Bitcoin has been the talk of the town for some time now. Whenever the subjects of currency, technology, and politics seems to creep into the same conversation in a kind of twisted three-way venn diagram, the famous crypto-currency is usually at the center of it. Bitcoin’s anonymous, decentralized, and unregulated image however, nowadays looks like it may have just been a clever marketing ruse to gain public acceptance for what looks like a coming totally digital economy.
Bitcoin has been touted for many of the things that the current financial system has been criticized for. When ultra conservatives gather together and begin to lament the lost days of gold and silver coin, almost non-existant inflation, and a decentralized banking system, invariably somewhere in the conversation the topic of bitcoin is found. Bitcoin is praised for being unregulated and totally digital, meaning to believers that in theory the central government, or a government appointed central authority cannot simply manipulate its value at will. Supporters also praise, though not as heavily, the fact that it is somewhat anonymous, almost in the way that physical coin used to be. Of the two characteristics, it appears that supporters are more proud of the decentralized unregulated nature of bitcoin however. What has yet to be definitively answered though, is whether bitcoin actually is and will remain all of these things, or if these characteristics are just a clever ruse to seed and gain acceptance in the public mind for a coming totally digital economy.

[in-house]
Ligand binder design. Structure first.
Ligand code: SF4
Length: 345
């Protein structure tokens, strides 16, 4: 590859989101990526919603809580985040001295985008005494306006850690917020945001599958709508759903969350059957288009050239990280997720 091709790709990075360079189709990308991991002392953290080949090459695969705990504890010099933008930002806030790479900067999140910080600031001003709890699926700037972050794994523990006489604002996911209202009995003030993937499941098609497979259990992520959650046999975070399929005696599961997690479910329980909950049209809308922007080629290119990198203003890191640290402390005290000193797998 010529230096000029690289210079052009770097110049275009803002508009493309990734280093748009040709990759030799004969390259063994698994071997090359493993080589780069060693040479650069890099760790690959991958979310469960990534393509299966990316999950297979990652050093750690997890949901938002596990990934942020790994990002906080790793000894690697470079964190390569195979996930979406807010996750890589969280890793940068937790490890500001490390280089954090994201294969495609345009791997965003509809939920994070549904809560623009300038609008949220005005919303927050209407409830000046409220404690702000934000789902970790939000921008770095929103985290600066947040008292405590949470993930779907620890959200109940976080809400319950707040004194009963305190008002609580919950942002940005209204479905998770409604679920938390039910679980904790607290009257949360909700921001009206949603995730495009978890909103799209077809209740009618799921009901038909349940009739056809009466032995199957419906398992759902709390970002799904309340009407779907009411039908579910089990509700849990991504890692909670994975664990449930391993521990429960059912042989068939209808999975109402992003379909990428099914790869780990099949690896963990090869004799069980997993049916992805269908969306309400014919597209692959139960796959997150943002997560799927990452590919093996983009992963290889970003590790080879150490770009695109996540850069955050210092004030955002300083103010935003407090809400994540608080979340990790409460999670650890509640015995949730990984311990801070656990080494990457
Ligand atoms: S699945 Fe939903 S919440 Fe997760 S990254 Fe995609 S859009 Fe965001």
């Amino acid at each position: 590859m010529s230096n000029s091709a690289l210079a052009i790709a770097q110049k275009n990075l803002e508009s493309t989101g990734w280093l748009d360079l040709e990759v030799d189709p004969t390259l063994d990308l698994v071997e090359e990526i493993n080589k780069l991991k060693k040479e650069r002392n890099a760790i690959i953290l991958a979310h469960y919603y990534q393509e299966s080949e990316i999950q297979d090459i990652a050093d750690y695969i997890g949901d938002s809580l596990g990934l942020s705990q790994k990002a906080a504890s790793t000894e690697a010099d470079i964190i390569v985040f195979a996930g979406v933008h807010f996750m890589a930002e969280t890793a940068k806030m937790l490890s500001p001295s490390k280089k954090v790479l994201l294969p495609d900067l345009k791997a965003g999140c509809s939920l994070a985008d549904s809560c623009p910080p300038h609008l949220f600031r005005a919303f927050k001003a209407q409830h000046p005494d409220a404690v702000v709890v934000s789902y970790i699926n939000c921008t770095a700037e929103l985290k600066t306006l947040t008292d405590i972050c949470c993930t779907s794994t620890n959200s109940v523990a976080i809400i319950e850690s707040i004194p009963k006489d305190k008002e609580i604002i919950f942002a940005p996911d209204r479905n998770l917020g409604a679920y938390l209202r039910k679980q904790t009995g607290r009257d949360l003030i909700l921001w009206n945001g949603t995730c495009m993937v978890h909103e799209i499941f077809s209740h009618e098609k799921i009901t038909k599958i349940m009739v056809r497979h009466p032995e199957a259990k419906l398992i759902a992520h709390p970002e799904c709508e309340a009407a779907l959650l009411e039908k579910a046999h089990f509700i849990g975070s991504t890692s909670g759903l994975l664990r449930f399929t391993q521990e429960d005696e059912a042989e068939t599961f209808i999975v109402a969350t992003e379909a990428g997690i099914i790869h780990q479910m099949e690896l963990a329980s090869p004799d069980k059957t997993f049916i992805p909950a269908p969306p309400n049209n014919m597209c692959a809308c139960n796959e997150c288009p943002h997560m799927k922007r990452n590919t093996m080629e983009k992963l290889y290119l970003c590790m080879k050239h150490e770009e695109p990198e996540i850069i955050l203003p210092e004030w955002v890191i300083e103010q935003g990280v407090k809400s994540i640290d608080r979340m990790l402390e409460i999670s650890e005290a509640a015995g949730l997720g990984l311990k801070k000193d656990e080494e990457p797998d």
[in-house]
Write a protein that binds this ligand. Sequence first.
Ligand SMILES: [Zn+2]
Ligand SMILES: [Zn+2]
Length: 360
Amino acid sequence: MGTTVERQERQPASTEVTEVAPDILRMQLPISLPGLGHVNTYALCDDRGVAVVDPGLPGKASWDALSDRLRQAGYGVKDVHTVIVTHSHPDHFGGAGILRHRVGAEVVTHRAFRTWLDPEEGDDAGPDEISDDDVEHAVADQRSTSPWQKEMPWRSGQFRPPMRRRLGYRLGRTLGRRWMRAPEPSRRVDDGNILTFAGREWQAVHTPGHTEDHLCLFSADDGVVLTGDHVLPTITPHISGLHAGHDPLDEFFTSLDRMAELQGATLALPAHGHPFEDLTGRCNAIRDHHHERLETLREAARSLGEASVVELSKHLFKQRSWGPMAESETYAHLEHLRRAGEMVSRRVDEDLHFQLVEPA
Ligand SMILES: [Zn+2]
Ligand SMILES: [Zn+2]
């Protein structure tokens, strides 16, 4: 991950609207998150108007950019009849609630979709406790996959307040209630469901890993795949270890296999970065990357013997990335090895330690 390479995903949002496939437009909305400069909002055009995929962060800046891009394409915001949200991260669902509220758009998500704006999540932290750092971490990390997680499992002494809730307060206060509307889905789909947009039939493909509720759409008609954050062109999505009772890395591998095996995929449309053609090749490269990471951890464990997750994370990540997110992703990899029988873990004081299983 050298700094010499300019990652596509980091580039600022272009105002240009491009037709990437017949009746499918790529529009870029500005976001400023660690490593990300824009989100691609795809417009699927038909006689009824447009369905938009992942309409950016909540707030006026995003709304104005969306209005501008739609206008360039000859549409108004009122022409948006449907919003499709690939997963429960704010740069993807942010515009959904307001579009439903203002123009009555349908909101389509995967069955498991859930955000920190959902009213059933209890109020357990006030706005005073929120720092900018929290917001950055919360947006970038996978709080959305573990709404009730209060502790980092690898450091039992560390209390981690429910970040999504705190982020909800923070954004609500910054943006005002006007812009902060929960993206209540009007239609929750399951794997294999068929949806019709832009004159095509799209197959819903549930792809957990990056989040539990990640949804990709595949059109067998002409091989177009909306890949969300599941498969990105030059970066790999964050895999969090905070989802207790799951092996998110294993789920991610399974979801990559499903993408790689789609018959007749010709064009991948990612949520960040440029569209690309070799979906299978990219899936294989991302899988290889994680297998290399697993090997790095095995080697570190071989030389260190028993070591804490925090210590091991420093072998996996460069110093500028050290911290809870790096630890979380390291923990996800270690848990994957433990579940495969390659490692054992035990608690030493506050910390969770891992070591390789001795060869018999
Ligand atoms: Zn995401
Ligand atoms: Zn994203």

Is bitcoin truly anonymous? The crypto-currency has been able to exist thus far using a complex structure and self-regulated approach that has allowed users to enjoy a somewhat anonymous status while trading in the digital dough. Although chat rooms and comment boards are full of statements from “bitlievers” (die hard supporters of the currency) about why government acceptance is not needed for its success, it became clear in the big “China-snub” that while acceptance may not be needed, rejection can certainly hurt.
Essentially, after China said no-no, it became obvious that a “live and let live” attitude from big governments was probably the best that bitcoin could hope for if it desired continued growth into legitimate markets. When considering that most, if not nearly all, governments on the planet have some type of central banking system in place, it seems unlikely that bitcoin would be simply allowed to increasingly creep into the legitimate marketplace without heavy regulatory attacks. The attacks would likely continue until either bitcoin became co-opted into a State-run or directed currency, or was regulated into the fringes of society and left essentially as a black-market option for exchange.
The touted anonymous status of bitcoin appears to be quite questionable in light of the recent arrests, beginning with the Silk Road affair. The Silk Road drama was the catalyst for the heavy media attention which began to associate bitcoin with drugs, money laundering, and other less than savory illegal activities. For the lifelong skeptic, this would appear to have been the perfect assist to regulators who could then approach users and the public with the idea that bitcoin existed in some kind of digital wild west which needed a Sheriff and many deputies to keep the action above board.